4 Questions to Determine if Your Retail Innovation Is Pilot-Ready

These expert insights can help you decide which retail innovations are the most pilot-ready.

4 Questions to Determine if Your Retail Innovation Is Pilot-Ready

If your role includes leading retail innovation initiatives, then you know it can be challenging to evaluate which concepts are the most pilot-ready. After all, you likely have a variety of innovations in the pipeline. So what makes one more worthy to pilot than another?   

“There’s both a science and an art to prioritizing your concepts,” says John Cloe, CEO at ProductivityONE, a consultancy firm specializing in retail optimization. The key is to put yourself in the shoes of key stakeholders. Does your innovation have what it takes to get a greenlight from them?

To answer that, we’ll explore four critical questions that can help you identify your most pilot-ready innovations.

1. Does your pilot have a strong why?

Before your concept is ready for piloting, you need to have a solid grasp of what’s driving the need for the innovation in the first place because that will affect how you go to market with it. 

According to Cloe, the reason for an innovation typically falls into one of these two categories: 

1. It will help you get caught up to your competition.

2. It will help you differentiate and distance yourself from the competition.

In turn, the innovation will likely have either a customer-oriented purpose or an efficiency-oriented purpose focused on reducing spending while improving store performance. 

Cloe says when you’re confident you can effectively express the overall why behind a given innovation in terms of factors like the above, then it becomes a more viable option to push to the pilot stage.

2. Are you jumping the gun?

An innovation you’re proposing to pilot should already have some degree of buy-in at the C-suite-level. That means you may need to balance your enthusiasm for a given concept with practical and political realities.

Concepts that have C-suite buy-in are low-hanging fruit.

“The concepts that already have C-suite buy-in are the low-hanging fruit when it comes to pilots,” Cloe says. “You may be passionate about some other innovation, but if it’s not even on the radar of upper level management, then pushing for a pilot is jumping the gun.”

Keeping this in mind will help you prioritize concepts more strategically. That can ultimately help you choose smarter and enable an innovation’s positive impact to be felt sooner.

3. Can you show “the juice is worth the squeeze?”

An innovation moves to the pilot stage so you can more accurately project its effectiveness. That said, you still need to meet a certain level of pre-pilot legitimacy by running the innovation through a proof of concept process and possibly some type of beta testing.

How much is it going to make us, and how quickly will that happen?

Cloe says those preliminary steps are what will help make your initial financial projections more meaningful and believable. “Buyers and executives are really trying to understand if the juice is worth the squeeze. You want to be sure that you’re clearly telling them what they want to know: How much is it going to make us, and how quickly will that happen?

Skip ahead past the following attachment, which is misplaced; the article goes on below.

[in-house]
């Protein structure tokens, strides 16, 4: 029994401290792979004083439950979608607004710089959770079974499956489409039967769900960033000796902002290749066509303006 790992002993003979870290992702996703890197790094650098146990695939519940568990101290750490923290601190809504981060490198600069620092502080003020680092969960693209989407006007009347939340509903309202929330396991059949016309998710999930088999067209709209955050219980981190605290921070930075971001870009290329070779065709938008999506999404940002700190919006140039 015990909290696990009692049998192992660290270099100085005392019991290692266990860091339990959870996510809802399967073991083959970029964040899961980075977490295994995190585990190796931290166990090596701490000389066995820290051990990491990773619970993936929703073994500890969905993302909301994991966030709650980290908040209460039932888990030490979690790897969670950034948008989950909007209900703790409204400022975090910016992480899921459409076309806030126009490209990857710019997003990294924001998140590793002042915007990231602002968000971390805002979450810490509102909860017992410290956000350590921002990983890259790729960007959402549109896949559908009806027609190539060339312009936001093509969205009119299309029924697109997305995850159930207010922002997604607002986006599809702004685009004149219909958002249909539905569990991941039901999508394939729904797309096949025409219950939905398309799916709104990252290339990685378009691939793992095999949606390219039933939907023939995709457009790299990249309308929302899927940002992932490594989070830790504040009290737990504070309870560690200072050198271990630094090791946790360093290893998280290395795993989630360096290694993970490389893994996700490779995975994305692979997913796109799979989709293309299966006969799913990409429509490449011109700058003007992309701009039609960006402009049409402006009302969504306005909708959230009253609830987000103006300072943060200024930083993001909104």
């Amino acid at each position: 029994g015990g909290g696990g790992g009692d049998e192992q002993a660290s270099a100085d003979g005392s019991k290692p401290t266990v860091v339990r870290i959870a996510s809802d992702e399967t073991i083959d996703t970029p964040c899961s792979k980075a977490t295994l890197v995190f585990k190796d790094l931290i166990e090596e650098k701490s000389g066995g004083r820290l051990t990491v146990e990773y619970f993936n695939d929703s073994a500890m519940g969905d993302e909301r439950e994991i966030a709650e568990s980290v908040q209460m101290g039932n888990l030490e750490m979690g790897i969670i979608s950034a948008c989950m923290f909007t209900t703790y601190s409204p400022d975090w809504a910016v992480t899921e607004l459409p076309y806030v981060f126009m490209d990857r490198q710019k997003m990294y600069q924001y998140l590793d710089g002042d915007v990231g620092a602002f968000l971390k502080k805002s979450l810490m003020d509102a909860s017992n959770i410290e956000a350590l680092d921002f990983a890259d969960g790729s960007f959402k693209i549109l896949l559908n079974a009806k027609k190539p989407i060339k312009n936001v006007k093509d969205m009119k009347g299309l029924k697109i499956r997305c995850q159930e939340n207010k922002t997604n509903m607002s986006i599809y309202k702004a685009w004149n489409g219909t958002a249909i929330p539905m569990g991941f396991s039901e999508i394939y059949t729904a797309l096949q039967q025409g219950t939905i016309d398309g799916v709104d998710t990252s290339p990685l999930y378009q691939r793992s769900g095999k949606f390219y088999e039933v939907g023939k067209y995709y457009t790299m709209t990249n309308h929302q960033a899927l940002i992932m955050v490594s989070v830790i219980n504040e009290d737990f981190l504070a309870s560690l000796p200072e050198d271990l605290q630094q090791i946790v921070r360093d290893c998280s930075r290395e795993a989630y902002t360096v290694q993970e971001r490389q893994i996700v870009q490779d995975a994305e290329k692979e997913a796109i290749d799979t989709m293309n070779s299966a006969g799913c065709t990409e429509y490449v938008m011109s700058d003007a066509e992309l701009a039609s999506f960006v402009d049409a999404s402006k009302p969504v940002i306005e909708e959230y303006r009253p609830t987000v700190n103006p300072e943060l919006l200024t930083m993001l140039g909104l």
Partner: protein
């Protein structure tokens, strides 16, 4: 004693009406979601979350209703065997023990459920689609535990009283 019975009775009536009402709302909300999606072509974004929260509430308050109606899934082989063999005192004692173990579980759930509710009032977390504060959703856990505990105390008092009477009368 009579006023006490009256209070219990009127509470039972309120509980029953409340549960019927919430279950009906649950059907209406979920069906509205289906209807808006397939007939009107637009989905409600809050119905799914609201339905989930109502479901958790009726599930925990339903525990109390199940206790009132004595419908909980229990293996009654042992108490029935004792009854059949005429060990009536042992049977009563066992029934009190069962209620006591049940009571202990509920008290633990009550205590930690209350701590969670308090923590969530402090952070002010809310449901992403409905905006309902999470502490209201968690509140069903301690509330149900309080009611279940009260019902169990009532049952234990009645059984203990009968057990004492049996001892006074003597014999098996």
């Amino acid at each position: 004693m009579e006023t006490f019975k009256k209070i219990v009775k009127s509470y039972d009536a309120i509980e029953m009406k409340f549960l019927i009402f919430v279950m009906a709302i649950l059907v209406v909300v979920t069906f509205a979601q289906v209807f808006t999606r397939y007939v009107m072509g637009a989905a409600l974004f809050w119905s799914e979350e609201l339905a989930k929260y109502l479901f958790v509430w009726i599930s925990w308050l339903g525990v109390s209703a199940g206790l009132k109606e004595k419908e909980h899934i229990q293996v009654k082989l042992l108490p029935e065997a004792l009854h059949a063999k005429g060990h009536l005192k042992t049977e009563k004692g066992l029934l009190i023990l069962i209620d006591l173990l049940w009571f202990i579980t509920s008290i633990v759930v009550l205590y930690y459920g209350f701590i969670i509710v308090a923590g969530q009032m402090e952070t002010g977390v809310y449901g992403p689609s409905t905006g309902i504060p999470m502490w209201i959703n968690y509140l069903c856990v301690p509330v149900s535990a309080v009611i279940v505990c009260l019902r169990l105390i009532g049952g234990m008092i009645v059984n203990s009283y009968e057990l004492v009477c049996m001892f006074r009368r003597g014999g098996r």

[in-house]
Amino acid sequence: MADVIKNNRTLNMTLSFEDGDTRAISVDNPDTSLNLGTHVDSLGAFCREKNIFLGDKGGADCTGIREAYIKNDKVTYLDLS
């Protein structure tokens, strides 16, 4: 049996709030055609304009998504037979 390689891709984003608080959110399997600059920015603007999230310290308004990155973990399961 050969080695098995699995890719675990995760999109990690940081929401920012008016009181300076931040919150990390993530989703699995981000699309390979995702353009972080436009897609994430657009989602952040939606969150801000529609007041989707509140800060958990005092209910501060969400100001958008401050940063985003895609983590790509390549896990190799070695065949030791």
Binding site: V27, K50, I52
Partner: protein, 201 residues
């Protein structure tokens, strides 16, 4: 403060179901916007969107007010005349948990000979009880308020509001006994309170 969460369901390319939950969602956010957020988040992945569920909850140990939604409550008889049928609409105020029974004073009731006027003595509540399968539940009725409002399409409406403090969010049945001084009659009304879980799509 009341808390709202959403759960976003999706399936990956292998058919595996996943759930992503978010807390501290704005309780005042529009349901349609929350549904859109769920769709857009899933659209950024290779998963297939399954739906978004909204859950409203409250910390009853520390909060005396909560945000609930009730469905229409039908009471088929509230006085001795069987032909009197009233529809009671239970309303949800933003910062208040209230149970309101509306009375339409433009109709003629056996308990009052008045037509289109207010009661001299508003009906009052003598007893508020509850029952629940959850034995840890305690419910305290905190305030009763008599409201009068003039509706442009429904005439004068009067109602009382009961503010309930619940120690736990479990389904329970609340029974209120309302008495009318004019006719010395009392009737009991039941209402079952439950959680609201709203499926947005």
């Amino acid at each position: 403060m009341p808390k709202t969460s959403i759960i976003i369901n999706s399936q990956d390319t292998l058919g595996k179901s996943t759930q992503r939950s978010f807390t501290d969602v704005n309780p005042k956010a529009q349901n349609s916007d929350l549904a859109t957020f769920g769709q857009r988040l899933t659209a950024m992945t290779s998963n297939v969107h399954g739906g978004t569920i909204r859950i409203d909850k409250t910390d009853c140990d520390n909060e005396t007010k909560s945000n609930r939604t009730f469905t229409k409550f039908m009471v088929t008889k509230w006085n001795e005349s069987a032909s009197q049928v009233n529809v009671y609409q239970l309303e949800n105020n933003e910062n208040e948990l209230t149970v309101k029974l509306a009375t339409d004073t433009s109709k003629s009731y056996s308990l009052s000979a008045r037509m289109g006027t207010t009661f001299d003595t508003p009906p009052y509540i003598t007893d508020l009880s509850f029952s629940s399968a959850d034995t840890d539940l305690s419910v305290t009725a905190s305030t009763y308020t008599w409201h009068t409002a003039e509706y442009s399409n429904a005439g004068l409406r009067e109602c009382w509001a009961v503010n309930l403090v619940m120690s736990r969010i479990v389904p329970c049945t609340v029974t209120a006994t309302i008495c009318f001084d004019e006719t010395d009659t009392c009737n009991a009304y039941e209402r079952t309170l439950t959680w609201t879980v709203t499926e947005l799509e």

You also want to clarify the nature of the payoff. Is it a hard return? Is it going to drop money on the table right away? Or, is it a soft return that’s really more about gaining operational efficiencies than, say, increasing customer counts?

The size of the prize doesn't have to be considered huge.

Cloe adds that the size of the prize doesn’t have to be considered huge. “If you can show that the innovation’s risk is relatively low, that the reward seems likely, and it’s for an area where you’ve been struggling, then you have a convincing case that a pilot is the next logical step.”

4. Can the innovation overcome the hurdles?

If you think you have a winning concept that should be moved to the pilot stage, then you’re confident you can prove its value. But you also need to consider how key stakeholders perceive the innovation’s actual implementation.

Innovating stores is an irregular event that requires reallocating or displacing time, resources, and, possibly, physical space. “In some cases,” says Cloe, “those factors can be seen as such a huge hurdle that it prevents key stakeholders from visualizing the end result.”

In fact, he adds that he’s seen his share of innovation concepts wither on the vine because of this. “If the sentiment from above is, ‘We just don’t think we can make it happen,’ then it probably means they’re willing to live with the status quo for the foreseeable future rather than take on the innovation’s risks.”

In situations like these, Cloe says it’s best to reprioritize your options and keep moving ahead with other possibilities.

Don’t Forget This Quintessential Factor for Innovating

Higher retail prices, a tight labor market, and fierce competition are making it crucial for retailers to innovate their stores strategically. You’ve just seen some key insights from retail optimization expert John Cloe to help you evaluate whether an innovation is pilot-ready.

But another important factor that can help you innovate more effectively is the quality of the vendors you work with. Ask yourself: Do they go on site to better understand your unique store challenges? Do they bring helpful expertise and industry connections that go beyond the product itself? Are they interested in a partnership for your long-term success?

If you’d like to gain an edge as you consider store innovations, Marmon Retail Solutions and its family of retail-focused brands can help. We provide integrated retail products and services that enable your innovations to be more strategic, more cost-effective, and ultimately more successful.

Learn more about how these retail solutions can work for you.

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